Highlights

  • Field kits correctly classified 91% of wells relative to 1.5 mg/L WHO guideline for F-.
  • Overall 9% of 28,648 wells contained >1.5 mg/L F; 7% in floodplains and 12% in doabs.
  • Precipitation and/or dissolution of fluorite influenced by Ca2+ regulates groundwater F.
  • Ion exchange of Ca2+ with Na+ in clay minerals may lead to higher groundwater F.
  • Reducing F? exposure requires massive testing, which is possible only with field kits.

Abstract

Chronic exposure from drinking well-water with naturally high concentrations of fluoride (F) has serious health consequences in several regions across the world including South Asia, where the rural population is particularly dependent on untreated groundwater pumped from private wells. An extensive campaign to test 28,648 wells was conducted across the Punjab plains of Pakistan and India by relying primarily on field kits to document the scale of the problem and shed light on the underlying mechanisms. Groundwater samples were collected from a subset of 712 wells for laboratory analysis of F and other constituents. A handful of sites showing contrasting levels of F in groundwater were also drilled to determine if the composition of aquifer sediment differed between these sites. The laboratory data show that the field kits correctly classified 91% of the samples relative to the World Health Organization guideline for drinking water of 1.5 mg/L F. The kit data indicate that 9% of wells across a region extending from the Indus to the Sutlej rivers were elevated in F relative to this guideline. Field data indicate an association between the proportion of well-water samples with F > 1.5 mg/L and electric conductivity (EC) > 1.5 mS/cm across six floodplains and six intervening doabs. Low Ca2+ concentrations and elevated bicarbonate (HCO3 > 500 mg/L) and sodium (Na+ > 200 mg/L) in high F groundwater suggest regulation by fluorite. This could be through either the lack of precipitation or the dissolution of fluorite regulated by the loss of Ca2+ from groundwater due to precipitation of calcite and/or ion exchange with clay minerals. Widespread salinization of Punjab aquifers attributed to irrigation may have contributed to higher F levels in groundwater of the region. Historical conductivity data suggest salinization has yet to be reversed in spite of changes in water resources management.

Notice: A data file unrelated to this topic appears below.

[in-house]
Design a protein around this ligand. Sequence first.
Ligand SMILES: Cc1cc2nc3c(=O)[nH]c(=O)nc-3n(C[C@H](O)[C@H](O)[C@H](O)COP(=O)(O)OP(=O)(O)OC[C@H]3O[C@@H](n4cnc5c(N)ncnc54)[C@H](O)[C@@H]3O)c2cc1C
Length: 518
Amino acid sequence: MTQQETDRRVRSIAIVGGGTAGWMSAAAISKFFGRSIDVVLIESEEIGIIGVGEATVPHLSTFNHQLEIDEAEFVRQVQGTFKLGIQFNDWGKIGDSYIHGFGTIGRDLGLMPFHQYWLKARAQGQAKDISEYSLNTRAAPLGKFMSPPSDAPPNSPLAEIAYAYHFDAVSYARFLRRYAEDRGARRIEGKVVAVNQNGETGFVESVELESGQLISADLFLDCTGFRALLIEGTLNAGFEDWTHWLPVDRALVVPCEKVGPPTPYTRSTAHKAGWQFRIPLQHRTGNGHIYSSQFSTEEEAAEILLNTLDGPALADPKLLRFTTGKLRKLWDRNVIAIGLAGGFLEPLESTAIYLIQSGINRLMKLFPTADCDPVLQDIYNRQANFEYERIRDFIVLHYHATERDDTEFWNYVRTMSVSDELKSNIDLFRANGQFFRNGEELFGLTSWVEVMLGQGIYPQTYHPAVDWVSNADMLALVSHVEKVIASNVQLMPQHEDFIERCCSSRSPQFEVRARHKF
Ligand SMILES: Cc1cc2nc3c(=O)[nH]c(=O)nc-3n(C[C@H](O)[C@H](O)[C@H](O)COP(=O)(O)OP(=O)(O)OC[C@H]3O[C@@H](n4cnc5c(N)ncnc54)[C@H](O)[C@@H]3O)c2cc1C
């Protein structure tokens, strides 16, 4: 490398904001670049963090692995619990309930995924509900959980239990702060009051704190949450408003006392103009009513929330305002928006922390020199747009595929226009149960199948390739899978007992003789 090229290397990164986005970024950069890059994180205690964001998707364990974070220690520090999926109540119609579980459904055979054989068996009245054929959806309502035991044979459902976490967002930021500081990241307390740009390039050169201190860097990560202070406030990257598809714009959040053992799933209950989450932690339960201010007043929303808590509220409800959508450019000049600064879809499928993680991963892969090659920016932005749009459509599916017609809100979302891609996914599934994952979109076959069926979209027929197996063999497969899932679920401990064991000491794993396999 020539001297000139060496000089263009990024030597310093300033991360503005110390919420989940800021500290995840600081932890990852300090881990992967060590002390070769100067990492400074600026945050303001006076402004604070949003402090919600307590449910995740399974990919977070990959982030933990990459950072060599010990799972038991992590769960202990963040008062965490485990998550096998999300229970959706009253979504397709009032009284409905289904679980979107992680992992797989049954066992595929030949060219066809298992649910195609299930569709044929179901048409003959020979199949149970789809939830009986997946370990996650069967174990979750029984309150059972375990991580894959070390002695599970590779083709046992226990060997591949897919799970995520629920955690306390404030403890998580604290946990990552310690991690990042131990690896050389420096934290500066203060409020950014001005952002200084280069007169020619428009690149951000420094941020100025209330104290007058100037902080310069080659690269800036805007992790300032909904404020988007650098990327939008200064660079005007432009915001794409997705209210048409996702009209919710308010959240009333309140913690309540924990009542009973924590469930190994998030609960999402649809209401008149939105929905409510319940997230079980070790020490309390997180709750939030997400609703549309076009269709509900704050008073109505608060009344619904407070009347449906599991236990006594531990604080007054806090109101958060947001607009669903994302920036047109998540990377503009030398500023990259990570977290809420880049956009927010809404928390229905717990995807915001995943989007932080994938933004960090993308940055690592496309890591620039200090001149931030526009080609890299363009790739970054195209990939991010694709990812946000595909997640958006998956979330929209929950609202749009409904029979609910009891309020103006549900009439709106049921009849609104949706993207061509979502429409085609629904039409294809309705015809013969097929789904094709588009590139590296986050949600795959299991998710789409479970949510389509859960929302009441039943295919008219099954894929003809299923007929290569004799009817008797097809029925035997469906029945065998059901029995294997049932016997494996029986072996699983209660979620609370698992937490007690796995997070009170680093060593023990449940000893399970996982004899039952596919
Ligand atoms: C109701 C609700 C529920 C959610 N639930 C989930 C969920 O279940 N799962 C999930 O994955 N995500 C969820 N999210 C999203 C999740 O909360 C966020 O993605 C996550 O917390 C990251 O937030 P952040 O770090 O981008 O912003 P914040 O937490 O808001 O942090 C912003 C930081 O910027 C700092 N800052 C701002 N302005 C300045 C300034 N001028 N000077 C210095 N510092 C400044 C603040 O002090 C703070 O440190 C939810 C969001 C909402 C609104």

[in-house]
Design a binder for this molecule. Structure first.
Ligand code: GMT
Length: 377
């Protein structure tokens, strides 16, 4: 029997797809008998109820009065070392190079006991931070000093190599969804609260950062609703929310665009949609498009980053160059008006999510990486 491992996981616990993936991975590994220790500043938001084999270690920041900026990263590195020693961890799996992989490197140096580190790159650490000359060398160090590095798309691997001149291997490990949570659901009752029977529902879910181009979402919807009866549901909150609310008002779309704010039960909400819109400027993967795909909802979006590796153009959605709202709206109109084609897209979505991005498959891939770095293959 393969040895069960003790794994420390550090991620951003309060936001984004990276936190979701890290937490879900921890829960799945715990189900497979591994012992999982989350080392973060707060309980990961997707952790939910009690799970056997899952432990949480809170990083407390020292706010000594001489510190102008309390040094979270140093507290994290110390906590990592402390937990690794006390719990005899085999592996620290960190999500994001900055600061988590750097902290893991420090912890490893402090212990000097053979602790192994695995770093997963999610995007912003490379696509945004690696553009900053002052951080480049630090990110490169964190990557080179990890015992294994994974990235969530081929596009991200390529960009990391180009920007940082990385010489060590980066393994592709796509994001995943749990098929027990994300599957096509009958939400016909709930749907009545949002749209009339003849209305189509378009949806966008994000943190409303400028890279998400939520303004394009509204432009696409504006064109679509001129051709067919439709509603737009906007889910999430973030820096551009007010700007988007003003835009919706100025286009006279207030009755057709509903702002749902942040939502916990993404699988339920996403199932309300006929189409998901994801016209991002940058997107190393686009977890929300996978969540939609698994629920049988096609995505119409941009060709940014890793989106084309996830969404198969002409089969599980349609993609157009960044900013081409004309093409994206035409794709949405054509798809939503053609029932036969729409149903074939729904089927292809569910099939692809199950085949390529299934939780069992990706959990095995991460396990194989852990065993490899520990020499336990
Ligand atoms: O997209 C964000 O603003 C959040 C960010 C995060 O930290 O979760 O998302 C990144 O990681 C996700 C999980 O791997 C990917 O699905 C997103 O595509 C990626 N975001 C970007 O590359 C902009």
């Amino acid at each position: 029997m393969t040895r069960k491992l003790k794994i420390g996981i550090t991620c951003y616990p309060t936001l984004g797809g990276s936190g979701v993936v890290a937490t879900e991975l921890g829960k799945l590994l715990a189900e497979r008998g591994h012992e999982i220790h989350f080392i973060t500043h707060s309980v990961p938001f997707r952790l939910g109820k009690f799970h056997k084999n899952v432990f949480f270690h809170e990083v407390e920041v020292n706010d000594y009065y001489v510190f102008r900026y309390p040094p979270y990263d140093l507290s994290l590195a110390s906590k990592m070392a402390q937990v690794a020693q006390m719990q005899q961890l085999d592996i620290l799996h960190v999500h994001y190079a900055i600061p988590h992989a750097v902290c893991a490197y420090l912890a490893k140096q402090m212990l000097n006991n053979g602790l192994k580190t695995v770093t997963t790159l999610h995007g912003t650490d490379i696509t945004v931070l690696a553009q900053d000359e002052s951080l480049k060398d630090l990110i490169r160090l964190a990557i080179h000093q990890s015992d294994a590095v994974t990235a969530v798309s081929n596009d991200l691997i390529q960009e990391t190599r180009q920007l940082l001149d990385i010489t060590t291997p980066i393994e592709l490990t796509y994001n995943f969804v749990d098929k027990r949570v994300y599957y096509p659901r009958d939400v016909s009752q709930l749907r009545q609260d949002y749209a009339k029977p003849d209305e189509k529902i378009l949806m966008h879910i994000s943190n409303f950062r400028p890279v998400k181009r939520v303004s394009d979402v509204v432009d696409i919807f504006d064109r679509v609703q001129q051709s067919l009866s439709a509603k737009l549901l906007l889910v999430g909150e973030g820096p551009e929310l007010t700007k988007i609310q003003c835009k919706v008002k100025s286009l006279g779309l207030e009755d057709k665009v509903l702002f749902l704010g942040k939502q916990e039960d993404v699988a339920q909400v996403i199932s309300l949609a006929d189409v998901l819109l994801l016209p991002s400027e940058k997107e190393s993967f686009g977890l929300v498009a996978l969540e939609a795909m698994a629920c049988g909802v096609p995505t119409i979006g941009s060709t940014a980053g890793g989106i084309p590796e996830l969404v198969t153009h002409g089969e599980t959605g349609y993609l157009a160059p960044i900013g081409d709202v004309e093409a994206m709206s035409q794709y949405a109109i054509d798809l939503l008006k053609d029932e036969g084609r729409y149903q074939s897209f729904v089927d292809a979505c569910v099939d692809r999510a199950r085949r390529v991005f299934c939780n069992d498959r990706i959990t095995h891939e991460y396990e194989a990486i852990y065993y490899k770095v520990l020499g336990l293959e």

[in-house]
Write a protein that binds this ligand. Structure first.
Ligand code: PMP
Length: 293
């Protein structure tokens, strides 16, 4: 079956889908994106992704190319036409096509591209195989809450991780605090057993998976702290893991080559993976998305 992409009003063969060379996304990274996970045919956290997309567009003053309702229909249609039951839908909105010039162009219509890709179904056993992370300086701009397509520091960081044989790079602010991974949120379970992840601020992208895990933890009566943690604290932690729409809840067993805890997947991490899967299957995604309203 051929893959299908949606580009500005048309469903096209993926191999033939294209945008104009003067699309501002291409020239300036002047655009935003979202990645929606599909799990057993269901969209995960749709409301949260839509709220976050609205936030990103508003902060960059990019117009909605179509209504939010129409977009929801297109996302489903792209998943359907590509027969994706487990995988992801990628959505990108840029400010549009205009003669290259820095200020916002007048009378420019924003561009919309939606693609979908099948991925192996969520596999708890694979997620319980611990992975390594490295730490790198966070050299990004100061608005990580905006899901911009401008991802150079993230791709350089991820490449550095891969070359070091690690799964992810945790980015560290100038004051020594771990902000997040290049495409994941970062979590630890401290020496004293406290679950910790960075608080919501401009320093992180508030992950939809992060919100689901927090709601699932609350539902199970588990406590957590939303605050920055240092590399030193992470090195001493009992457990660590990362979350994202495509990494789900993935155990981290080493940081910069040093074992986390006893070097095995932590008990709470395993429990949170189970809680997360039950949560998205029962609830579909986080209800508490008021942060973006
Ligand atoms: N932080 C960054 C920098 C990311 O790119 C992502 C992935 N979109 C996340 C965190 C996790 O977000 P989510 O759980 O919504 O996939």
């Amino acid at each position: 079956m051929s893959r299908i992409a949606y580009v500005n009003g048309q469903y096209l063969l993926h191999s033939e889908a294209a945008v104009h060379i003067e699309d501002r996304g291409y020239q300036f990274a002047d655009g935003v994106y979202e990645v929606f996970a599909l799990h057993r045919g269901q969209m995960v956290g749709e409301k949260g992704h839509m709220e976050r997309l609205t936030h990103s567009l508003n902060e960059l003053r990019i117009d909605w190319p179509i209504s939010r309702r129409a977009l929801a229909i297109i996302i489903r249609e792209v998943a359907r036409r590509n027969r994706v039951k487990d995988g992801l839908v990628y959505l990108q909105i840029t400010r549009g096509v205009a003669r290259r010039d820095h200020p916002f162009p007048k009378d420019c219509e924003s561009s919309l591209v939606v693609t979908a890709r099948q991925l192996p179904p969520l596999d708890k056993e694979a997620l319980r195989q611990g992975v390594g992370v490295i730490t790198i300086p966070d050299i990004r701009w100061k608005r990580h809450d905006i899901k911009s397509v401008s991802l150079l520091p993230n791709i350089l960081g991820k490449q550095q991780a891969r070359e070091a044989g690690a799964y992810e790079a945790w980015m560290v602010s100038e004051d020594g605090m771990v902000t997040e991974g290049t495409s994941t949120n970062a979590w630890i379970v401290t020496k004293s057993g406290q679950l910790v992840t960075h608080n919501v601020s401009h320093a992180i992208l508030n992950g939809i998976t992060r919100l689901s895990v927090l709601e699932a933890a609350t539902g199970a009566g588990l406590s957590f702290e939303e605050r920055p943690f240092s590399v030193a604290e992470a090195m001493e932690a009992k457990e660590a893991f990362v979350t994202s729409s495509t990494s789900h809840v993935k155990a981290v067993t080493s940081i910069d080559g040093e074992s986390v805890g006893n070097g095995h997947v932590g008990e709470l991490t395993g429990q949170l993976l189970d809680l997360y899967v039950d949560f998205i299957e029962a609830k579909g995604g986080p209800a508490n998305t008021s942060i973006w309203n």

Graphical abstract

https://ars.els-cdn.com/content/image/1-s2.0-S0048969721064317-ga1_lrg.jpg


*Original abstract online at https://www.sciencedirect.com/science/article/abs/pii/S0048969721064317

**Full paper available at Research Gate at https://www.researchgate.net/publication/355779214_Groundwater_fluoride_across_the_Punjab_plains_of_Pakistan_and_India_Distribution_and_underlying_mechanisms


Funding source

Funding for this project was provided by the National Institute of Environmental Health Sciences (NIEHS) P30 ES006096, R00 ES024116,R01 ES019890, R01 ES11170, and R01 ES027224 and the National Center for Advancing Translational Sciences (NCATS) UL1 TR001425. The funding sources had no role in the design and conduct of the study; collection, management, analysis, and interpretation of the data; preparation, review, or approval of the manuscript; and decision to submit the manuscript for publication.